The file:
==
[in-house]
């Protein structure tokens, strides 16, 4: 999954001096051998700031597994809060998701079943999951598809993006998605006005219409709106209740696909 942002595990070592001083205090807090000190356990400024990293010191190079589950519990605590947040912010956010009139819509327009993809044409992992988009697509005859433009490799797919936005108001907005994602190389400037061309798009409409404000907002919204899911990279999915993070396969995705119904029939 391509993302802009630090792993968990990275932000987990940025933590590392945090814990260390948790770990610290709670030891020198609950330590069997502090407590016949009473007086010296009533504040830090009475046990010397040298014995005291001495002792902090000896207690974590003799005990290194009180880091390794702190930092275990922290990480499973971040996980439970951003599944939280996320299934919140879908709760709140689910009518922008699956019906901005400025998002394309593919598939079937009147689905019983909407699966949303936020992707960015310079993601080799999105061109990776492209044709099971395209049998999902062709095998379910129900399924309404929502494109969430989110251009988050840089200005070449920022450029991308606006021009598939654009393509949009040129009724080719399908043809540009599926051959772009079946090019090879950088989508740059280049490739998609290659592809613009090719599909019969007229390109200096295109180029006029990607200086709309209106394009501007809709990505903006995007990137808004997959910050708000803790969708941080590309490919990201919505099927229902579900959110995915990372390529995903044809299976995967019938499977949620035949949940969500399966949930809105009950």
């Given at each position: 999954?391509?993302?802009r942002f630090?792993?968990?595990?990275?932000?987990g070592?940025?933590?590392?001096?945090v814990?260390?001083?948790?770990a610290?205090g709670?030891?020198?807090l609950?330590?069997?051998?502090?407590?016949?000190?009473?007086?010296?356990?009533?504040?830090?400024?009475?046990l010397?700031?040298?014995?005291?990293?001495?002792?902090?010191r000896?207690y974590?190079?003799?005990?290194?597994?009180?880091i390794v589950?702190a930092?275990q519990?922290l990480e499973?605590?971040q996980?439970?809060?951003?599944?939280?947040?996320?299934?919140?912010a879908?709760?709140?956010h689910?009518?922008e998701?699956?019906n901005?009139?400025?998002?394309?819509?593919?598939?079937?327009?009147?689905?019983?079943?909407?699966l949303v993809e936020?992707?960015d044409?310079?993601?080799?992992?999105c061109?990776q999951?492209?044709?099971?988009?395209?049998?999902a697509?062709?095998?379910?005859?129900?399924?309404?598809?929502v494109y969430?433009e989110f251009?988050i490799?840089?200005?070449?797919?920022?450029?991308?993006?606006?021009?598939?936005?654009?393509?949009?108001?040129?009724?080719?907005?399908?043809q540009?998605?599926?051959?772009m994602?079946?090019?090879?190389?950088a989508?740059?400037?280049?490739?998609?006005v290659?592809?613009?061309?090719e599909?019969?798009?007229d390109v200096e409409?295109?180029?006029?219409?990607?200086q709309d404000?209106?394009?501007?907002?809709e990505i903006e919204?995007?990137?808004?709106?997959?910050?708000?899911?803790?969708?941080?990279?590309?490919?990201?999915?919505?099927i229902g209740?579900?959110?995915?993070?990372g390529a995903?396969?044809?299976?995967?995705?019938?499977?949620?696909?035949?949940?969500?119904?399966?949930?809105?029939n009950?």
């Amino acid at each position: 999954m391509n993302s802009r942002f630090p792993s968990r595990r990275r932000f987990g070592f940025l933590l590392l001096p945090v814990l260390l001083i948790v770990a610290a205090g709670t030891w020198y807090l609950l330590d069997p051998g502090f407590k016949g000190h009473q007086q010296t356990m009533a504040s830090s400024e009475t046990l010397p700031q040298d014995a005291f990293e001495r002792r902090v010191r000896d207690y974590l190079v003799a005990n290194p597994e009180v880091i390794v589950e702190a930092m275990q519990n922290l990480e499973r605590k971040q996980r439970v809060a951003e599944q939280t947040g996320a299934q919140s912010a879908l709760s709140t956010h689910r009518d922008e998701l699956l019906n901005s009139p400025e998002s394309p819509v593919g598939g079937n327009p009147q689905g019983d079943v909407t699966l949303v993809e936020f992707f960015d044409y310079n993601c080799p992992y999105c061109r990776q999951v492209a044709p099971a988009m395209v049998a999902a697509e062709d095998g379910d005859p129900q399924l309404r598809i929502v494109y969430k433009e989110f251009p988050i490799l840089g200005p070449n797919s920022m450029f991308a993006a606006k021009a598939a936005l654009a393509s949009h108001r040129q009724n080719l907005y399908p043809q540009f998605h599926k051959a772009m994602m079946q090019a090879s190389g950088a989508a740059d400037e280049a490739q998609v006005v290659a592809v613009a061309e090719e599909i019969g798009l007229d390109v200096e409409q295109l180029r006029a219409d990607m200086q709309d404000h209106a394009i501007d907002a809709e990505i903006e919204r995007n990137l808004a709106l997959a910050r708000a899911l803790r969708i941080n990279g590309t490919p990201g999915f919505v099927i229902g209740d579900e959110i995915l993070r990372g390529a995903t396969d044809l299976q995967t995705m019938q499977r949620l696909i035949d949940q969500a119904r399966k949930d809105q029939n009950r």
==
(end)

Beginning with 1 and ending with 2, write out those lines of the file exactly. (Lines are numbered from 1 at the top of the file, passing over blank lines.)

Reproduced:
[in-house]
């Protein structure tokens, strides 16, 4: 999954001096051998700031597994809060998701079943999951598809993006998605006005219409709106209740696909 942002595990070592001083205090807090000190356990400024990293010191190079589950519990605590947040912010956010009139819509327009993809044409992992988009697509005859433009490799797919936005108001907005994602190389400037061309798009409409404000907002919204899911990279999915993070396969995705119904029939 391509993302802009630090792993968990990275932000987990940025933590590392945090814990260390948790770990610290709670030891020198609950330590069997502090407590016949009473007086010296009533504040830090009475046990010397040298014995005291001495002792902090000896207690974590003799005990290194009180880091390794702190930092275990922290990480499973971040996980439970951003599944939280996320299934919140879908709760709140689910009518922008699956019906901005400025998002394309593919598939079937009147689905019983909407699966949303936020992707960015310079993601080799999105061109990776492209044709099971395209049998999902062709095998379910129900399924309404929502494109969430989110251009988050840089200005070449920022450029991308606006021009598939654009393509949009040129009724080719399908043809540009599926051959772009079946090019090879950088989508740059280049490739998609290659592809613009090719599909019969007229390109200096295109180029006029990607200086709309209106394009501007809709990505903006995007990137808004997959910050708000803790969708941080590309490919990201919505099927229902579900959110995915990372390529995903044809299976995967019938499977949620035949949940969500399966949930809105009950």